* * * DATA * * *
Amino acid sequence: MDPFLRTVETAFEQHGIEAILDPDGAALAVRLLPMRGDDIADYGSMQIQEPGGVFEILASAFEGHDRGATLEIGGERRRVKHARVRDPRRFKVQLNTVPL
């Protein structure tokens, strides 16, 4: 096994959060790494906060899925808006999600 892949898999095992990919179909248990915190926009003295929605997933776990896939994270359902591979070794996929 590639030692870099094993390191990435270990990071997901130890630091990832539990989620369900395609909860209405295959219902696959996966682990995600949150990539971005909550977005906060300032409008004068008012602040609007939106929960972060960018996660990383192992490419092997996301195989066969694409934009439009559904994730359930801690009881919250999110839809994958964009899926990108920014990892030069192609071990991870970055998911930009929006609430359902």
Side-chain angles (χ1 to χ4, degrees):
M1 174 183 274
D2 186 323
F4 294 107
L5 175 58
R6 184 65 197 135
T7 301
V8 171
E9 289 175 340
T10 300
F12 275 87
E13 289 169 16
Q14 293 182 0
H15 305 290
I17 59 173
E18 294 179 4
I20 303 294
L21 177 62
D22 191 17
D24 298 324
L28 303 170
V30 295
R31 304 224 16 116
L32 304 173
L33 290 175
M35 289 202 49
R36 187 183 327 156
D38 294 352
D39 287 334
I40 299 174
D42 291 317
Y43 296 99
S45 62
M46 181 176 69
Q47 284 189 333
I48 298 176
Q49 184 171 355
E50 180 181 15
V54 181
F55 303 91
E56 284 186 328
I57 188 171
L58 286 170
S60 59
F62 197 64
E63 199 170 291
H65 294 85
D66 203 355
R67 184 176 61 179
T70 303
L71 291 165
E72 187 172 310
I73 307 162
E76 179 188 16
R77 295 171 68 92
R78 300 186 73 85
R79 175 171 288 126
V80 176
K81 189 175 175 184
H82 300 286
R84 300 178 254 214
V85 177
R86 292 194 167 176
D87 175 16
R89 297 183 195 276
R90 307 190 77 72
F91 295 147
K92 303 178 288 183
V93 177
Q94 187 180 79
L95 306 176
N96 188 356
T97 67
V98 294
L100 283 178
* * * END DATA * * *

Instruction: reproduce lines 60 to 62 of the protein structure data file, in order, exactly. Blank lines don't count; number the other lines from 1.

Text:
V80 176
K81 189 175 175 184
H82 300 286